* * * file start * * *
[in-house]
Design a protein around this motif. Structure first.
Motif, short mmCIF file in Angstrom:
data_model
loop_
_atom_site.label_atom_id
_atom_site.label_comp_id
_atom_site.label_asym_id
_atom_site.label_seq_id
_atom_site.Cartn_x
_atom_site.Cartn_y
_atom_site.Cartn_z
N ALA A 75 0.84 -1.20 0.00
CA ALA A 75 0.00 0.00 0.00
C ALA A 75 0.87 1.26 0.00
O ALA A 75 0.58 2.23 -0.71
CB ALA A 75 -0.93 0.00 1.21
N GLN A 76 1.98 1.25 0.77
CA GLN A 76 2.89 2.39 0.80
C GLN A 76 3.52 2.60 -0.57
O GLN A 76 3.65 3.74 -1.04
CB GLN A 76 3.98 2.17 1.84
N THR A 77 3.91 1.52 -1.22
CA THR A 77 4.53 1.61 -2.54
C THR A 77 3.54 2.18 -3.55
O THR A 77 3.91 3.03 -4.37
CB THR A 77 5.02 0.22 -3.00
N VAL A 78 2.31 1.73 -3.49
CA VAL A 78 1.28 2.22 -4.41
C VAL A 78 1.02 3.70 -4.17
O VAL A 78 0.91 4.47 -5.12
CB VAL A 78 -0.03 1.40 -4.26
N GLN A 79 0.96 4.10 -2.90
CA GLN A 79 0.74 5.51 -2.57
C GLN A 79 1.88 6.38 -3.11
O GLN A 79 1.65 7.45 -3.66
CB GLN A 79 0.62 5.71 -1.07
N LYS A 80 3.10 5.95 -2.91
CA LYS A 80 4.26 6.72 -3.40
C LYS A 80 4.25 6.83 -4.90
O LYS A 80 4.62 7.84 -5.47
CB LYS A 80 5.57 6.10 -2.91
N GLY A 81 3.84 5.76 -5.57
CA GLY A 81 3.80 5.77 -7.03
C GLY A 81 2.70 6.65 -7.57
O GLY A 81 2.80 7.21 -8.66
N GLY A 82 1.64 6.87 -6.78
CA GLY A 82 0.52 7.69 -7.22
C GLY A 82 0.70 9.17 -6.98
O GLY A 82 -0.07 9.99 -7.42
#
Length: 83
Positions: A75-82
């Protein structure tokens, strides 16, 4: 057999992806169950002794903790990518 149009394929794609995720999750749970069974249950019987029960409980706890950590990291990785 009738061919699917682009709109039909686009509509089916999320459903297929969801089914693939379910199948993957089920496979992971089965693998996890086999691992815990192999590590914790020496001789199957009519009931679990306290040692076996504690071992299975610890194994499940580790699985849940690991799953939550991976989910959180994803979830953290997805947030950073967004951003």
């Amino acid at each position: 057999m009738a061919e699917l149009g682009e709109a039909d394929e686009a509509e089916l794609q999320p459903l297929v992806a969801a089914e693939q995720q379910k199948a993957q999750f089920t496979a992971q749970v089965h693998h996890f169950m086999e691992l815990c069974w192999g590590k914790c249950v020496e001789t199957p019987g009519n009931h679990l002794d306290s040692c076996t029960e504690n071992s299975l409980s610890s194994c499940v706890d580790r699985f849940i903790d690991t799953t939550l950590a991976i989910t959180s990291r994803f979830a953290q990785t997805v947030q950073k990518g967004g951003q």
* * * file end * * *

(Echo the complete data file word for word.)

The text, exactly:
[in-house]
Design a protein around this motif. Structure first.
Motif, short mmCIF file in Angstrom:
data_model
loop_
_atom_site.label_atom_id
_atom_site.label_comp_id
_atom_site.label_asym_id
_atom_site.label_seq_id
_atom_site.Cartn_x
_atom_site.Cartn_y
_atom_site.Cartn_z
N ALA A 75 0.84 -1.20 0.00
CA ALA A 75 0.00 0.00 0.00
C ALA A 75 0.87 1.26 0.00
O ALA A 75 0.58 2.23 -0.71
CB ALA A 75 -0.93 0.00 1.21
N GLN A 76 1.98 1.25 0.77
CA GLN A 76 2.89 2.39 0.80
C GLN A 76 3.52 2.60 -0.57
O GLN A 76 3.65 3.74 -1.04
CB GLN A 76 3.98 2.17 1.84
N THR A 77 3.91 1.52 -1.22
CA THR A 77 4.53 1.61 -2.54
C THR A 77 3.54 2.18 -3.55
O THR A 77 3.91 3.03 -4.37
CB THR A 77 5.02 0.22 -3.00
N VAL A 78 2.31 1.73 -3.49
CA VAL A 78 1.28 2.22 -4.41
C VAL A 78 1.02 3.70 -4.17
O VAL A 78 0.91 4.47 -5.12
CB VAL A 78 -0.03 1.40 -4.26
N GLN A 79 0.96 4.10 -2.90
CA GLN A 79 0.74 5.51 -2.57
C GLN A 79 1.88 6.38 -3.11
O GLN A 79 1.65 7.45 -3.66
CB GLN A 79 0.62 5.71 -1.07
N LYS A 80 3.10 5.95 -2.91
CA LYS A 80 4.26 6.72 -3.40
C LYS A 80 4.25 6.83 -4.90
O LYS A 80 4.62 7.84 -5.47
CB LYS A 80 5.57 6.10 -2.91
N GLY A 81 3.84 5.76 -5.57
CA GLY A 81 3.80 5.77 -7.03
C GLY A 81 2.70 6.65 -7.57
O GLY A 81 2.80 7.21 -8.66
N GLY A 82 1.64 6.87 -6.78
CA GLY A 82 0.52 7.69 -7.22
C GLY A 82 0.70 9.17 -6.98
O GLY A 82 -0.07 9.99 -7.42
#
Length: 83
Positions: A75-82
């Protein structure tokens, strides 16, 4: 057999992806169950002794903790990518 149009394929794609995720999750749970069974249950019987029960409980706890950590990291990785 009738061919699917682009709109039909686009509509089916999320459903297929969801089914693939379910199948993957089920496979992971089965693998996890086999691992815990192999590590914790020496001789199957009519009931679990306290040692076996504690071992299975610890194994499940580790699985849940690991799953939550991976989910959180994803979830953290997805947030950073967004951003």
């Amino acid at each position: 057999m009738a061919e699917l149009g682009e709109a039909d394929e686009a509509e089916l794609q999320p459903l297929v992806a969801a089914e693939q995720q379910k199948a993957q999750f089920t496979a992971q749970v089965h693998h996890f169950m086999e691992l815990c069974w192999g590590k914790c249950v020496e001789t199957p019987g009519n009931h679990l002794d306290s040692c076996t029960e504690n071992s299975l409980s610890s194994c499940v706890d580790r699985f849940i903790d690991t799953t939550l950590a991976i989910t959180s990291r994803f979830a953290q990785t997805v947030q950073k990518g967004g951003q």